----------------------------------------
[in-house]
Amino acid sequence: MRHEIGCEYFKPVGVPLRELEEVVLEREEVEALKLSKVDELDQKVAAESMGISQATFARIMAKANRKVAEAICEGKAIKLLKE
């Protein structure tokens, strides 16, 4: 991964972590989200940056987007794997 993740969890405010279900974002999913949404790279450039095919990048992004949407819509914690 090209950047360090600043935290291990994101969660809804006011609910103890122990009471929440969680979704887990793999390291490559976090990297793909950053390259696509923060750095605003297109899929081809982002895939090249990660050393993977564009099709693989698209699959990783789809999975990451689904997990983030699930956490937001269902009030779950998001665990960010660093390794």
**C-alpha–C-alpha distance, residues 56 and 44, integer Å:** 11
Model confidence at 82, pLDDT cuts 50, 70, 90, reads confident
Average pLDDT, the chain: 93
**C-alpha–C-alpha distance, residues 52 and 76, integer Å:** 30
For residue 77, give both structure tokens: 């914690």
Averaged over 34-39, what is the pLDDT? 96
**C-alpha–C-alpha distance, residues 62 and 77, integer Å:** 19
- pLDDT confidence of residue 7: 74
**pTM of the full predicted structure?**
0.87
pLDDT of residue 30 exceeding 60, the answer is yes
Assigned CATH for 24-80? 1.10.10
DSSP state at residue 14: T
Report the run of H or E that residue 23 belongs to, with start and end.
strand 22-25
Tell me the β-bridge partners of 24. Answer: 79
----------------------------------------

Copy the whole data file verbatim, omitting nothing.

[in-house]
Amino acid sequence: MRHEIGCEYFKPVGVPLRELEEVVLEREEVEALKLSKVDELDQKVAAESMGISQATFARIMAKANRKVAEAICEGKAIKLLKE
């Protein structure tokens, strides 16, 4: 991964972590989200940056987007794997 993740969890405010279900974002999913949404790279450039095919990048992004949407819509914690 090209950047360090600043935290291990994101969660809804006011609910103890122990009471929440969680979704887990793999390291490559976090990297793909950053390259696509923060750095605003297109899929081809982002895939090249990660050393993977564009099709693989698209699959990783789809999975990451689904997990983030699930956490937001269902009030779950998001665990960010660093390794």
**C-alpha–C-alpha distance, residues 56 and 44, integer Å:** 11
Model confidence at 82, pLDDT cuts 50, 70, 90, reads confident
Average pLDDT, the chain: 93
**C-alpha–C-alpha distance, residues 52 and 76, integer Å:** 30
For residue 77, give both structure tokens: 């914690």
Averaged over 34-39, what is the pLDDT? 96
**C-alpha–C-alpha distance, residues 62 and 77, integer Å:** 19
- pLDDT confidence of residue 7: 74
**pTM of the full predicted structure?**
0.87
pLDDT of residue 30 exceeding 60, the answer is yes
Assigned CATH for 24-80? 1.10.10
DSSP state at residue 14: T
Report the run of H or E that residue 23 belongs to, with start and end.
strand 22-25
Tell me the β-bridge partners of 24. Answer: 79